noun
        the process of learning the skills you need to do a particular job or activity

      • LDS

        CI3J, that’s true. But the team should appear fundamentally sound, motivated, and focused. The team is repeating the same mistakes they’ve been making for the last several years: base running, fielding, pitch selection, pitch identification, etc. It’s like the team put no effort into addressing their deficiencies and spent the offseason partying. It’s been years since the Reds displayed true accountability. On a positive note, it will make the season much easier to stomach. My expectations aren’t inflated.

      • DaveCT

        LDS, I’d say losing your job is a high form of accountability.

        Votto, Moose, Shogo, Senzel, Barrero, Acquino, Winker, India, to some degree, Newman, Casali, Lopez, Law, Naquin, Solano, Reynolds, Hendrix, Moran, Almora, etc all lost their jobs.

        If accountability means benching or being sent down, then we have a philosophical issue with the subject of punishment. And I’d say, in 2024, spanking your players is not a solution.

      • LDS

        A manager that doesn’t hold his team accountable DURING the season is not a manager at all. Yes, sometimes players should be benched. Sometimes they should be sent down. Sometimes they simply need a quick in the britches. But the bottom line is that the Reds keeping doing the same things over and over each season and things never improve. Different players, different years, same outcome. It’s acceptable to the ownership because they keep doubling down on mediocrity.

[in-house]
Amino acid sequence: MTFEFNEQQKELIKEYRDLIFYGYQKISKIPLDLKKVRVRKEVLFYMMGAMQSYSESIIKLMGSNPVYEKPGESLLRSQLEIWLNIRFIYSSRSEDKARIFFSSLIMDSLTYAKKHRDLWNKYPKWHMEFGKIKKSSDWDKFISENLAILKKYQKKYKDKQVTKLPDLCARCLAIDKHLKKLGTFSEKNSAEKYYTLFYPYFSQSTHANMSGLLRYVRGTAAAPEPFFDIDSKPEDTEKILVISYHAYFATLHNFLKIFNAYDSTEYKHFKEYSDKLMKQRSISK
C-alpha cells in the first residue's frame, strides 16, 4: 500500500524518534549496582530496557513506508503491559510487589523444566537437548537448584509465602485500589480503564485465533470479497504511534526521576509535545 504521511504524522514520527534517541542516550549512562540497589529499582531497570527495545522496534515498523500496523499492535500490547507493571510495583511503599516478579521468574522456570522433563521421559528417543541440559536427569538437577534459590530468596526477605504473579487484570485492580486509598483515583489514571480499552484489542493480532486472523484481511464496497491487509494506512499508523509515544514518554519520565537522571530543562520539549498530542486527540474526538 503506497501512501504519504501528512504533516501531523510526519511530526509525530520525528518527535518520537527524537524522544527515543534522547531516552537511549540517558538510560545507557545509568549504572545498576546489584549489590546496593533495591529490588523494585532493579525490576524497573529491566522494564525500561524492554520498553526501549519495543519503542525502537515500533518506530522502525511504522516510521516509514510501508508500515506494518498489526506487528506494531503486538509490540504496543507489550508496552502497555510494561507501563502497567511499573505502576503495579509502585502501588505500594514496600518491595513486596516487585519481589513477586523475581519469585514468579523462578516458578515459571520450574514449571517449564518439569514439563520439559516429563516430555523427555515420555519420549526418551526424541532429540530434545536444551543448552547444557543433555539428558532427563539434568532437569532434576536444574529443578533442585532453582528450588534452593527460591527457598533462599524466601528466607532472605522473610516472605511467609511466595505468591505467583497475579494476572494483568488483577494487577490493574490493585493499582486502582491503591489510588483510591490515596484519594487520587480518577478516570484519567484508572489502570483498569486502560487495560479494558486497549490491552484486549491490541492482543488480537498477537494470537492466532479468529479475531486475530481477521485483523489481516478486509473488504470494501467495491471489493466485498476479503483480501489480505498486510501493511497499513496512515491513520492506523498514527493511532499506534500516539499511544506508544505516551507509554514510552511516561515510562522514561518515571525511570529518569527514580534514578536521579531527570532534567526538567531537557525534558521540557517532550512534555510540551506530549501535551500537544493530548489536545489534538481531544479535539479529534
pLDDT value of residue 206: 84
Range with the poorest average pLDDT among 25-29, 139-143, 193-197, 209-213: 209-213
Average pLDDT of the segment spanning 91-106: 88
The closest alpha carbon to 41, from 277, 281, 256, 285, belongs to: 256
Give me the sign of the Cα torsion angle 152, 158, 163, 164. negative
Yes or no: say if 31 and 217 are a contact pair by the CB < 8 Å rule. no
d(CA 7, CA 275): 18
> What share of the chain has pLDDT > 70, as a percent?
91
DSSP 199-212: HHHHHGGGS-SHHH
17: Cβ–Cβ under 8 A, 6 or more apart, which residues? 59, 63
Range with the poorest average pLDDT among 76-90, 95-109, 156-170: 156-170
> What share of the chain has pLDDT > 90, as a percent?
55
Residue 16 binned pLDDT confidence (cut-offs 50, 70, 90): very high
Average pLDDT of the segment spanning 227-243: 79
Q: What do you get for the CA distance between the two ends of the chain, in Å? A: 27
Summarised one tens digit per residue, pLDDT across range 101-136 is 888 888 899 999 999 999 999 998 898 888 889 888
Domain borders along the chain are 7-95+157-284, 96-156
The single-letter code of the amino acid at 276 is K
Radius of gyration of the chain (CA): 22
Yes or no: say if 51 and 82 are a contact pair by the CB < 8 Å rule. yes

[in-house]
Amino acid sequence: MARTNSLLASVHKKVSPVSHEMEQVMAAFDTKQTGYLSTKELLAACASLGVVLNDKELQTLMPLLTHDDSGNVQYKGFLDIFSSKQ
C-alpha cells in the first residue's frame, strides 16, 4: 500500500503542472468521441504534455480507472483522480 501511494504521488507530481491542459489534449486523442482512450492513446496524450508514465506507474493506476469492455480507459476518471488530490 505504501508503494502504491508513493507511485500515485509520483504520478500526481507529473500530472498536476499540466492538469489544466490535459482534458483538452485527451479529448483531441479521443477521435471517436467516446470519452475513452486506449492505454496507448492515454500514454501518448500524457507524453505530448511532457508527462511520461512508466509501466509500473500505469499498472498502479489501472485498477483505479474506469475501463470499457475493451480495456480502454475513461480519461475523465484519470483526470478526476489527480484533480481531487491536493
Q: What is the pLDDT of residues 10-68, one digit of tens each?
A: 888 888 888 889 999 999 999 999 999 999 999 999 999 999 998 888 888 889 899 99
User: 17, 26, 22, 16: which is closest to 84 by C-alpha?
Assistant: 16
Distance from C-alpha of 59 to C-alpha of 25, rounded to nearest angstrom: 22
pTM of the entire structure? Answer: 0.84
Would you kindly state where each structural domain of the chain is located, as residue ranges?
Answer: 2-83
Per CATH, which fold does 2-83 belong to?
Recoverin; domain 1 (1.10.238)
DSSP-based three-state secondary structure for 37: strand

• Grover

        Performance in spring training, unless its injury related, should be way down on the reasons to sit or start someone

      • greenmtred

        We cover this ground frequently. The fact is that we don’t know about accountability on the Reds: it wouldn’t necessarily or advisedly come in a form visible to fans. And the point several people made about Friedl diving for a ball in spring training has relevance here: sports require instinctual reaction, and players–especially young players–don’t always modify their reactions to reflect an in-game situation, no matter how much they’re cautioned and reprimanded. I imagine it’s a delicate balance: you don’t want players spending much time weighing options in the middle of a game.

      • LDS

        I’m not talking about ST accountability. I’m talking about the team generally. And we know a lot about accountability – if the team continues to make the same mistakes year end and year out, regardless of the personnel, there’s no accountability, at neither the player level, the management level, or the organization level.